State Department Rushed Approval for Hillary Clinton’s Memoirs
We’ve been stonewalled for years on our Benghazi and Clinton cash Freedom of Information requests and lawsuits by the State Department. However, if you are Hillary Clinton, the State Department will rubber stamp your proposed, perhaps with sensitive information that should not see the light of day, in record time.
We’ve been stonewalled for years on our Benghazi and Clinton cash Freedom of Information requests and lawsuits by the State Department. However, if you are Hillary Clinton, the State Department will rubber stamp your proposal, perhaps with sensitive information that should not see the light of day, in record time.
That’s the conclusion from reviewing the documents we just released revealing that State Department officials ordered rushed approval of former Secretary of State Hillary Clinton’s manuscript for her memoir Hard Choices. The documents show a key State Department official had concerns about the disclosure of classified information in the book concerning Iran and an effort to destroy draft copies of Clinton’s book in State Department files and from State Department computer systems.
The documents were obtained from the State Department last month in response to a June 12, 2014, Freedom of Information Act (FOIA) request seeking the following:
Records regarding the review, vetting, and/or approval of the publication of the memoir Hard Choices by former Secretary of State Clinton. This request includes, but it not limited to records of communications between any official, employee, or representative of the Department of State and any other individual or entity related to the review and approval process.
(It took over a year to respond to our request!)
The documents show the first Clinton book chapters were delivered to Director of the Office of Information Programs and Services John Hackett in February 2014. Hackett began pressuring his staff for approval on March 7. On March 10, Senior Reviewer Charles Daris urged reviewers at the Near Eastern Affairs Bureau to “turn these around as quickly as possible to meet the hopes and expectations of the author.” That same day, State Department official Neil Silver writes: “The FOIA office is under great pressure to turn this around quickly. If you are tardy in your response, you may get a high-level Department official call.”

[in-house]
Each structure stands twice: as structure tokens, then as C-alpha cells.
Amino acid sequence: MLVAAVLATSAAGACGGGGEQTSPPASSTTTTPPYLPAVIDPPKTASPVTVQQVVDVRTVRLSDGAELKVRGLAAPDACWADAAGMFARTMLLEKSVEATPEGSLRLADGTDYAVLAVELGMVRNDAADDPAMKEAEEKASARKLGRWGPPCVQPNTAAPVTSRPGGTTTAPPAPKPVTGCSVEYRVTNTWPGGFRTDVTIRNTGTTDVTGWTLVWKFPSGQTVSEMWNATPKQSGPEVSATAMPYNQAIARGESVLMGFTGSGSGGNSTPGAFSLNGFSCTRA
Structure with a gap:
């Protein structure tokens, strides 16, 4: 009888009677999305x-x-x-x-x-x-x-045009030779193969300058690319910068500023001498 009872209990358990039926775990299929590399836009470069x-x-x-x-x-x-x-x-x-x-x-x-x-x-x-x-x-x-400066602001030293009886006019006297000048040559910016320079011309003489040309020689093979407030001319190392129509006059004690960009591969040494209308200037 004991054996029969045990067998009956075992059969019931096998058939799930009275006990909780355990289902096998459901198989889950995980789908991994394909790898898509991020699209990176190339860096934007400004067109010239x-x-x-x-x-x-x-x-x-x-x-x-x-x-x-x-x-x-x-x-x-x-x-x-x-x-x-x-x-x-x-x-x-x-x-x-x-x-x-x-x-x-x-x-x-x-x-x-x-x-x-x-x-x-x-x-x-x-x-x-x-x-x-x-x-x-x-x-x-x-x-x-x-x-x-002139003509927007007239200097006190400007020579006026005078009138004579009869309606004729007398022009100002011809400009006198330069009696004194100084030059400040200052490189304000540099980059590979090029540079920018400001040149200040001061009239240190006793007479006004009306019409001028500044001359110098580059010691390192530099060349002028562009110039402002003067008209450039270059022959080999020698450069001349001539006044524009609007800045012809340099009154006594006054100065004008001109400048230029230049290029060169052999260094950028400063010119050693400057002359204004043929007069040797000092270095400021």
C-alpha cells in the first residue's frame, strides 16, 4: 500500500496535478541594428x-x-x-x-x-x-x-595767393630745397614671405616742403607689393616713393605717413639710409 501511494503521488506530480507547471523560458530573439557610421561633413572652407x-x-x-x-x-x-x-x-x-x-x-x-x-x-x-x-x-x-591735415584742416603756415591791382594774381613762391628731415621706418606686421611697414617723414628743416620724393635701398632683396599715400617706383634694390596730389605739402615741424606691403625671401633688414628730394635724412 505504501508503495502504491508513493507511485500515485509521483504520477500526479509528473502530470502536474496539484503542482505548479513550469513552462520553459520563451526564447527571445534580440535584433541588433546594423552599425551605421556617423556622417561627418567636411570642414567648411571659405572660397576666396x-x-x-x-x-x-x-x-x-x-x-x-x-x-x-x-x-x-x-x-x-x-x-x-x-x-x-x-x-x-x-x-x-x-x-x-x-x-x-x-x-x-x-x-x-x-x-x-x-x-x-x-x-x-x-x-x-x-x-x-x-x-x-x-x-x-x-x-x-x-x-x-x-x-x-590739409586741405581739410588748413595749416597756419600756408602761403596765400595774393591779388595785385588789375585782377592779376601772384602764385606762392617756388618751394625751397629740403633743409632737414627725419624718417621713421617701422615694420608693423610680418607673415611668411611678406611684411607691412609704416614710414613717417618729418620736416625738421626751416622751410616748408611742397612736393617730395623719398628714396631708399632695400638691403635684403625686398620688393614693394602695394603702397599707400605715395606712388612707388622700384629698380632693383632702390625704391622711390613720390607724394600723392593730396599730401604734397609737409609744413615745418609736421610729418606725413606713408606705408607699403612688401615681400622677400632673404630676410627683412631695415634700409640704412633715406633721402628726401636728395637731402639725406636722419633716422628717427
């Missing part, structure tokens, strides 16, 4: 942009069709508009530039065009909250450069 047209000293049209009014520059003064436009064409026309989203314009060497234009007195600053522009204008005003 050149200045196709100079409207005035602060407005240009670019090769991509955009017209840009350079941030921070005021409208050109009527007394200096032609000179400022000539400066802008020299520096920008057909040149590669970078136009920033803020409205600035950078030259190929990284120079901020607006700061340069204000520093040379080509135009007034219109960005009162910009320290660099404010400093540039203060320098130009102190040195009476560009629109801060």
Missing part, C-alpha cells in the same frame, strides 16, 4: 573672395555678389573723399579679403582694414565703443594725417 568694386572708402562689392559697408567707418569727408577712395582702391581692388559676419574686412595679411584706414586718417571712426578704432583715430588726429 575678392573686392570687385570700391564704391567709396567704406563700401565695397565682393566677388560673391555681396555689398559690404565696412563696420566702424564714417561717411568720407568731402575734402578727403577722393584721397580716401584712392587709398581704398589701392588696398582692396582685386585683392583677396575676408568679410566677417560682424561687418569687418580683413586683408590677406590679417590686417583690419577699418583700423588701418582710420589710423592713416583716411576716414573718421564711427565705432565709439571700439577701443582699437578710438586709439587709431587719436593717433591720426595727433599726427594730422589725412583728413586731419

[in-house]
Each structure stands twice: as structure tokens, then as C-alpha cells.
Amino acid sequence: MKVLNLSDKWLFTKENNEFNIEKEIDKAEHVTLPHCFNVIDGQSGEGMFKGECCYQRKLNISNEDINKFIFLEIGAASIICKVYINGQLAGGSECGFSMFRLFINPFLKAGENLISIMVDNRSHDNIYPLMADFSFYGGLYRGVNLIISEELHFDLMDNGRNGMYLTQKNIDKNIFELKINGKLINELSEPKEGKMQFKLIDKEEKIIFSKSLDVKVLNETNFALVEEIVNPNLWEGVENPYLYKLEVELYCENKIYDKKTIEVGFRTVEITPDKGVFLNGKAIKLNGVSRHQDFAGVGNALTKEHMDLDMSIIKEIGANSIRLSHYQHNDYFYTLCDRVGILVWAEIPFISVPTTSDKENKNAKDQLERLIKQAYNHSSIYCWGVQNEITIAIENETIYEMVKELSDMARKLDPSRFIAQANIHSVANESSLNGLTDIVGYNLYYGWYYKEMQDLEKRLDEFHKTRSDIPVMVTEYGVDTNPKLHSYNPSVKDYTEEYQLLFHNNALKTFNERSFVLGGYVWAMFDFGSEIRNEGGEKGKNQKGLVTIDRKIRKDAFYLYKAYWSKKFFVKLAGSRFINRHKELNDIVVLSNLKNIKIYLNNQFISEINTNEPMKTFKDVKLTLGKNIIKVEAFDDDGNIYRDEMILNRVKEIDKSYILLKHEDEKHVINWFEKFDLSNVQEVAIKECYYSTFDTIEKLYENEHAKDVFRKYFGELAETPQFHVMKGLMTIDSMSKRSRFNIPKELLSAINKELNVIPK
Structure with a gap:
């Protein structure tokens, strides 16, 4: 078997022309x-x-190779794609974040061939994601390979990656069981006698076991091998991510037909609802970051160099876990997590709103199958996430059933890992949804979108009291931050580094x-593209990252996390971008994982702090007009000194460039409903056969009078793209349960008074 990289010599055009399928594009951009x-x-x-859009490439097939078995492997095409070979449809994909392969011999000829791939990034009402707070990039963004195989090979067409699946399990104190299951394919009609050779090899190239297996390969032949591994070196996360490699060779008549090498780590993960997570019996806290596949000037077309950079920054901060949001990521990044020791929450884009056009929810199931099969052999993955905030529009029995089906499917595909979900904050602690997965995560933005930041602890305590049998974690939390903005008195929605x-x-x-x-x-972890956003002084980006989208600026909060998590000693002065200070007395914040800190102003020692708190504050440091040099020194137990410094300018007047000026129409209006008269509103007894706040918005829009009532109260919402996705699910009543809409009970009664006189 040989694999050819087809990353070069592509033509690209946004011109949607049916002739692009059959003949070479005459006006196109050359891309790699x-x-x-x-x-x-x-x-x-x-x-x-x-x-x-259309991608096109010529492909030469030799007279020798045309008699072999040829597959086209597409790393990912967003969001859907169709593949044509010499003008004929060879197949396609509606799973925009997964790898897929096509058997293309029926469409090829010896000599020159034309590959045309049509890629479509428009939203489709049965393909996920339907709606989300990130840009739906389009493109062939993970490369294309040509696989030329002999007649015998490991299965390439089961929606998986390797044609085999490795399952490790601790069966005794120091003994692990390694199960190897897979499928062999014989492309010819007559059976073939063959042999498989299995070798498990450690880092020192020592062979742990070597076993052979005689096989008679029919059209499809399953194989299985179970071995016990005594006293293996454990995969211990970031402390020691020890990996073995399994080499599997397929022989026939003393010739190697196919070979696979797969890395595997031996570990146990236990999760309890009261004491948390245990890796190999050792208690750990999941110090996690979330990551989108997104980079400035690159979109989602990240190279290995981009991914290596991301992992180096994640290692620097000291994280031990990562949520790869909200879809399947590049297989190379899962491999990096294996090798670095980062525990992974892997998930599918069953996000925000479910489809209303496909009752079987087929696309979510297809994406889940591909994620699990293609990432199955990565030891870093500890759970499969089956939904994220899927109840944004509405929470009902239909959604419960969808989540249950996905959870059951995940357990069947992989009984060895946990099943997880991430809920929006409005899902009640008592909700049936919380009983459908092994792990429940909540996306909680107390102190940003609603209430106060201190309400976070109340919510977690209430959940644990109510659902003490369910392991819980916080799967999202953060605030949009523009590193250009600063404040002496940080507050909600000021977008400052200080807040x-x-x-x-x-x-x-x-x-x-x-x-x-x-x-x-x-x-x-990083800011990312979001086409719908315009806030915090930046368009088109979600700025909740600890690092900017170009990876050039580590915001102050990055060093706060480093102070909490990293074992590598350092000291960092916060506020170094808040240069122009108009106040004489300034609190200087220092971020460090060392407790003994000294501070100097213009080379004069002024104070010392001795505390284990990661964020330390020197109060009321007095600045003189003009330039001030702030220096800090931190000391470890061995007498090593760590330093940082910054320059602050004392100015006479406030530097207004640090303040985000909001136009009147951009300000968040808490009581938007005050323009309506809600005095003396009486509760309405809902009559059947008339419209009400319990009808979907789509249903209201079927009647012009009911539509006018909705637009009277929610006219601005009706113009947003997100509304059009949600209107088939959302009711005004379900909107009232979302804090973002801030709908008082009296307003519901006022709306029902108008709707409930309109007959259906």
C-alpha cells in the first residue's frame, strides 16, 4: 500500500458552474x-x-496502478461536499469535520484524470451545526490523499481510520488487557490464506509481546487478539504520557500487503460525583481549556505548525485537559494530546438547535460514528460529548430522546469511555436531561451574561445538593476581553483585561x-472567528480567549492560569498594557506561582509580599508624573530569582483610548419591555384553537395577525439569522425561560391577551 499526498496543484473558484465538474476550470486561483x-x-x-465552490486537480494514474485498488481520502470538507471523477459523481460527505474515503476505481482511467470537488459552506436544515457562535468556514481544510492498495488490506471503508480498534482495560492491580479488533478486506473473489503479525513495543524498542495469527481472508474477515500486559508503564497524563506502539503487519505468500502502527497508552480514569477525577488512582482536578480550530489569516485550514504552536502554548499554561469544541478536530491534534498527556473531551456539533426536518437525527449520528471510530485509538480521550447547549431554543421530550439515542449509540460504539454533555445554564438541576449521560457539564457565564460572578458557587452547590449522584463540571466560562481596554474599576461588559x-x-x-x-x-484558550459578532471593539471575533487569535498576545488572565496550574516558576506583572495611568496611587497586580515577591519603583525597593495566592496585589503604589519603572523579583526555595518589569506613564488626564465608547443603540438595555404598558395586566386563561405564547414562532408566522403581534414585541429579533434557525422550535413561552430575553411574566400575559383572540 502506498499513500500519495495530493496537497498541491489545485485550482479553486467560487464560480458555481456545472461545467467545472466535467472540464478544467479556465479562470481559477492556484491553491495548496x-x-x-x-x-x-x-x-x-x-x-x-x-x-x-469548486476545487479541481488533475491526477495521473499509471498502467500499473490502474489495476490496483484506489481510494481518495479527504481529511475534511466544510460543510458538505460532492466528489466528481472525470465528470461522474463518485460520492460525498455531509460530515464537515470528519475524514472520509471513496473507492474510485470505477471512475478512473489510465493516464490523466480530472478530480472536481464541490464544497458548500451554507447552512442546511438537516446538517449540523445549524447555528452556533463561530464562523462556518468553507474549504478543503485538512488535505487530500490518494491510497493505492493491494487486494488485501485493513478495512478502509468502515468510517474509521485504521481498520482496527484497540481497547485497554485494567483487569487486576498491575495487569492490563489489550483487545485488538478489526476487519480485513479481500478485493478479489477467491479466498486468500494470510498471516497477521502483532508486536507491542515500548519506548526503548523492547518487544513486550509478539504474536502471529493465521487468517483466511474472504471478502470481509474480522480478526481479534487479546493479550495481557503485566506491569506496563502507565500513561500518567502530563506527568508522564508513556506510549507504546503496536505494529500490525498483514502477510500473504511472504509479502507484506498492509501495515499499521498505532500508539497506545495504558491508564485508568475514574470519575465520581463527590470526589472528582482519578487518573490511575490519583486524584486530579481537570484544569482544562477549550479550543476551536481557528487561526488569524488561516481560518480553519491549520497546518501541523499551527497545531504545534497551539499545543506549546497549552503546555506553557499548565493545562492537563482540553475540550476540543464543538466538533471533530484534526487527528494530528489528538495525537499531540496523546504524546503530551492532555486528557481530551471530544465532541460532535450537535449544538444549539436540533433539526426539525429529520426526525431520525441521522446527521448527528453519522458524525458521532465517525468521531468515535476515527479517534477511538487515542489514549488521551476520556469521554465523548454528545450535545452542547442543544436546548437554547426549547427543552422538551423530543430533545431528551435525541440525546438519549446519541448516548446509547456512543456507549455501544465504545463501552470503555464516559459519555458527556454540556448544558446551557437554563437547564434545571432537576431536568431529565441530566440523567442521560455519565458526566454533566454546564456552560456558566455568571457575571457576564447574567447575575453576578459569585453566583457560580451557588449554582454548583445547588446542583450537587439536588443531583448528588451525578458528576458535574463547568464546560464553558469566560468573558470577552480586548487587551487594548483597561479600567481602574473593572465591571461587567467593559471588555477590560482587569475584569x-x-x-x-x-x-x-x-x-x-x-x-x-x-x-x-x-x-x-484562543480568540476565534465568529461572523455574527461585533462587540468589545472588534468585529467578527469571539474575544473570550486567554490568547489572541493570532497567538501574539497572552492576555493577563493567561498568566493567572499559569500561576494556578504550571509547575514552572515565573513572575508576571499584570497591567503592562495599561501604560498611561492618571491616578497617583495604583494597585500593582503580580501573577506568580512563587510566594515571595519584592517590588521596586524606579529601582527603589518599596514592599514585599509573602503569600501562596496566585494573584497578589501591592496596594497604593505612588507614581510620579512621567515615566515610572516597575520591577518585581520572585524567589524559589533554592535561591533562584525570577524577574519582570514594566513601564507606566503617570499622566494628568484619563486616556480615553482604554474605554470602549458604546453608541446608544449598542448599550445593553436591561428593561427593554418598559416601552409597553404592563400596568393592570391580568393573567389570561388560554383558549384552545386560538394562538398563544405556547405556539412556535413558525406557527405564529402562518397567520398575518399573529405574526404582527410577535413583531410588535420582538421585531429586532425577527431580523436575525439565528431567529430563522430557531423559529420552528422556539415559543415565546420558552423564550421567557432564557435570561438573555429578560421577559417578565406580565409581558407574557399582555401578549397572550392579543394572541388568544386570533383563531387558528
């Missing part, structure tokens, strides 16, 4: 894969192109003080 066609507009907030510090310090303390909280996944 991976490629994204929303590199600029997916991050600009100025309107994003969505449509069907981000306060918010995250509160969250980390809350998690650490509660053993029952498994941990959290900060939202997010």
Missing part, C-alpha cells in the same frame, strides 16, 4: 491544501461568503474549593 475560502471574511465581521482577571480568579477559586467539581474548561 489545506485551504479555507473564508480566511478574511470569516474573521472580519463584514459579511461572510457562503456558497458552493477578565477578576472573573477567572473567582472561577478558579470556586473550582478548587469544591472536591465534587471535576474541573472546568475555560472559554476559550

On March 13, Daris emails show that the Near East staff was given three working days to respond to the book’s chapter on Benghazi and that the State Department delayed sending the manuscript to the CIA for review at the request of former Clinton campaign staffer Ethan Gelber. Daris also documents that factual errors have been found in the Iran chapter and that the Maghreb desk has “comment” on the CIA in Benghazi.
The documents also show an effort to destroy draft copies of the Clinton book, evidently because "revisions were in the works.“ A March 20 exchange with State Department official Paul P. Blackburn reads:
Daris: New marching orders from our Front Office. Will you please suspend our request for clearance and find a way to get all/all of the copies back that you sent to EAP [East Asian and Pacific Affairs]. Please confirm to me when you have done so.
Blackburn: I have just retrieved the two copies of the chapter portions Neil passed to the China and Japan desks (i.e., pages 53-73 of "Back to Beijing” and 87-119 of “Green Light.”) In each case, I was assured that no reproductions were made, so I think we now have “all/all of the copies.”
Daris: Excellent, Paul. Please destroy them. Thank you. C
The documents show a sudden decision to halt all work on the review of Clinton’s chapter on Iran, followed by a request that all extant copies be found and destroyed, apparently prompted by the State Department’s Iran Desk’s concerns about the manuscript.
State Department officials were cautioned to be careful in how they proffered editorial suggestions to the former secretary’s staff. In a March 12, 2014, email to Silver, Peter Hemsch suggests, “We may reach out informally to the former Secretary’s staff re: the policy issues raised; just a low-key, friendly heads-up to double-check that they have considered a policy angle.” Daris forwarded the email, adding that suggestions should be passed along “reiterating that it is not/not a formal Dept response.”
Hillary Clinton can get her book, despite disclosing classified material, approved in record time from the same State Department that is slow-walking and obstructing, over years, the release of the notorious Clinton emails about Benghazi and other scandals.
The desperate effort to destroy copies of the Clinton draft shows that any remaining drafts need to be uncovered and reviewed.
My guess is the American people, the courts, and law enforcement will be angry that yet more Clinton records, which included sensitive and potentially classified information, were destroyed.
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